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The third public debate within the project "Helsinki Charter: Promoting Serbia's Europeanization" realized with the assistance of the Norwegian Helsinki Committee for Human Rights

Kragujevac, June 18, 2010

The third public debate promoting the Helsinki Committee's bimonthly, the Helsinki Charter, was held in the Kragujevac City Library under the title "Europeanization: Accomplishments and Limitations."

Referring to the magazine's history and editorial policy, its editor-in-chief Seska Stanojlovic said the latter was based on two tenets, both of which in the function of modernization of the Serbian society. One of the tenets is facing the recent past, which preconditions renewal of the society's moral tissue, whereas the other the promotion of European values, implying the support to the process of the country's Euro-Atlantic integration. In this context, she elaborated changed circumstances and the process of self-examination within EU, which makes further enlargement more questionable than before. In the period to come all this will be challenging domestic actors and advocates of pro-European option, including the magazine such as the Helsinki Charter, to a "new creativity."

Addressing the audience, Chairwoman of the Helsinki Committee for Human Rights Sonja Biserko said Europeanization was a process Serbia itself had to work on, whereas local self-government and grassroots actors should contribute to it in accordance to their proper needs and visions of the future. She also spoke about the state's negative attitude towards the ICTY and trials before it - actually about the "official policy's" attempt to impose its interpretation of the causes and major actors of ex-Yugoslavia's disintegration ("international players" and "secessionist republics") on the society as a whole.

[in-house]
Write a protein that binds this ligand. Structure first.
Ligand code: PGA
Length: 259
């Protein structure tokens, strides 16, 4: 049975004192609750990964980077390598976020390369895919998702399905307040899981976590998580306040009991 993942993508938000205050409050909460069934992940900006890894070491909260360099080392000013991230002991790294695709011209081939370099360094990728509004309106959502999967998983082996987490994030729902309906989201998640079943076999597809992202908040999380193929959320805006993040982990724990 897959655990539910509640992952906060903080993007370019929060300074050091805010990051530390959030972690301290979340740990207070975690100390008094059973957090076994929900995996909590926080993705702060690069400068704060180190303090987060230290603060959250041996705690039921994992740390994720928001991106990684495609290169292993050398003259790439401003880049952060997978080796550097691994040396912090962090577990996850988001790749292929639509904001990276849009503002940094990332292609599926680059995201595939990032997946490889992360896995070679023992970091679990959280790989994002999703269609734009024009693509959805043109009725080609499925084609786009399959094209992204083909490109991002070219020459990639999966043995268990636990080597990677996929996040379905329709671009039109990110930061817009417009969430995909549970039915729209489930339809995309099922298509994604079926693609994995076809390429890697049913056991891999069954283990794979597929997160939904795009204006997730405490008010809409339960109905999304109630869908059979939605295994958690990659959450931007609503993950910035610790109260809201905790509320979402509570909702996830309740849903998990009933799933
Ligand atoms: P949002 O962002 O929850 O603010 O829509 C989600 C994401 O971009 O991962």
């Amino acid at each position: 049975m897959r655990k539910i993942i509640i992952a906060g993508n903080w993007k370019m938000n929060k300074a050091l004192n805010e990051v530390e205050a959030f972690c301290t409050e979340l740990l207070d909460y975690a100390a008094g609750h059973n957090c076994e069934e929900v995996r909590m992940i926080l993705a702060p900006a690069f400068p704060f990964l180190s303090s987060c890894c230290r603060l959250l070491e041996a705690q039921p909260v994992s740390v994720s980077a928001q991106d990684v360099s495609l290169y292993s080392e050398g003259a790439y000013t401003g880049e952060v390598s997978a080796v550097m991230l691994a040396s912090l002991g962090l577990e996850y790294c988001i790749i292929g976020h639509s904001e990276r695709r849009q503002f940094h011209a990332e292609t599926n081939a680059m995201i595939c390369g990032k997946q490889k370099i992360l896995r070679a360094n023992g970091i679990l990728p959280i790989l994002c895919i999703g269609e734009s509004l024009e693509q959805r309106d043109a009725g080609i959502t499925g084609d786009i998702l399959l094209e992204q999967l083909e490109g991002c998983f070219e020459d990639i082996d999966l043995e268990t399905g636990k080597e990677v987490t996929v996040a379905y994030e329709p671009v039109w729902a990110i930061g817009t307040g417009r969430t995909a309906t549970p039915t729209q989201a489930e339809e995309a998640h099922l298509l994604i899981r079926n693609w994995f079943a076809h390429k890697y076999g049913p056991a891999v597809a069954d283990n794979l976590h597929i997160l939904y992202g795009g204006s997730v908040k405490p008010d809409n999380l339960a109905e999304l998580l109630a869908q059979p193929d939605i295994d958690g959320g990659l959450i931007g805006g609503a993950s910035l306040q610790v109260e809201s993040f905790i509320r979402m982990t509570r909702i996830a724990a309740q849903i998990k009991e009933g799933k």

Such policy, said Biserko, considerably managed to undermine the proceedings before ICTY given that the "official version" about Serbs as sole victims - circulated by the media and promoted in a number of books - took root in the public and notably among younger generations raised and educated on such theses. Serbia was caught unawares by the global crisis itself calling for a new paradigm, said Biserko. However, under the pressure from economic crisis of its own, it had to opt for EU as the only realistic alternative. In this context and mostly thanks to EU's mediation, Serbia is nowadays more open to regional cooperation, she said. On the other hand, as Biserko put it, Serbia will not be able to reach the future unless it genuinely and responsibly confronts the past.

Speaking about the Helsinki Committee, historian Latinka Perovic said, among other things, that the organization's circle includes people seeking to dig deeper into the core of the developments leading to Serbia's alliance with "lies, plunder - and crime." Empathy with and proper understanding and full awareness of the proportions of the crimes committed are most important, she said, above all to the Serbian people but also necessary for the process of regional reconciliation. Ms. Perovic also spoke about the need for the Serbian society to undergo transformation towards modern economy, the rule of law and contemporary educational system. "Serbia needs to leave behind its dreams about territorial expansion, borders and the like, and focus instead on the issues of state-building and institution-building," she said.

All the three keynote speakers were interviewed by reporters for local media after the public debate.











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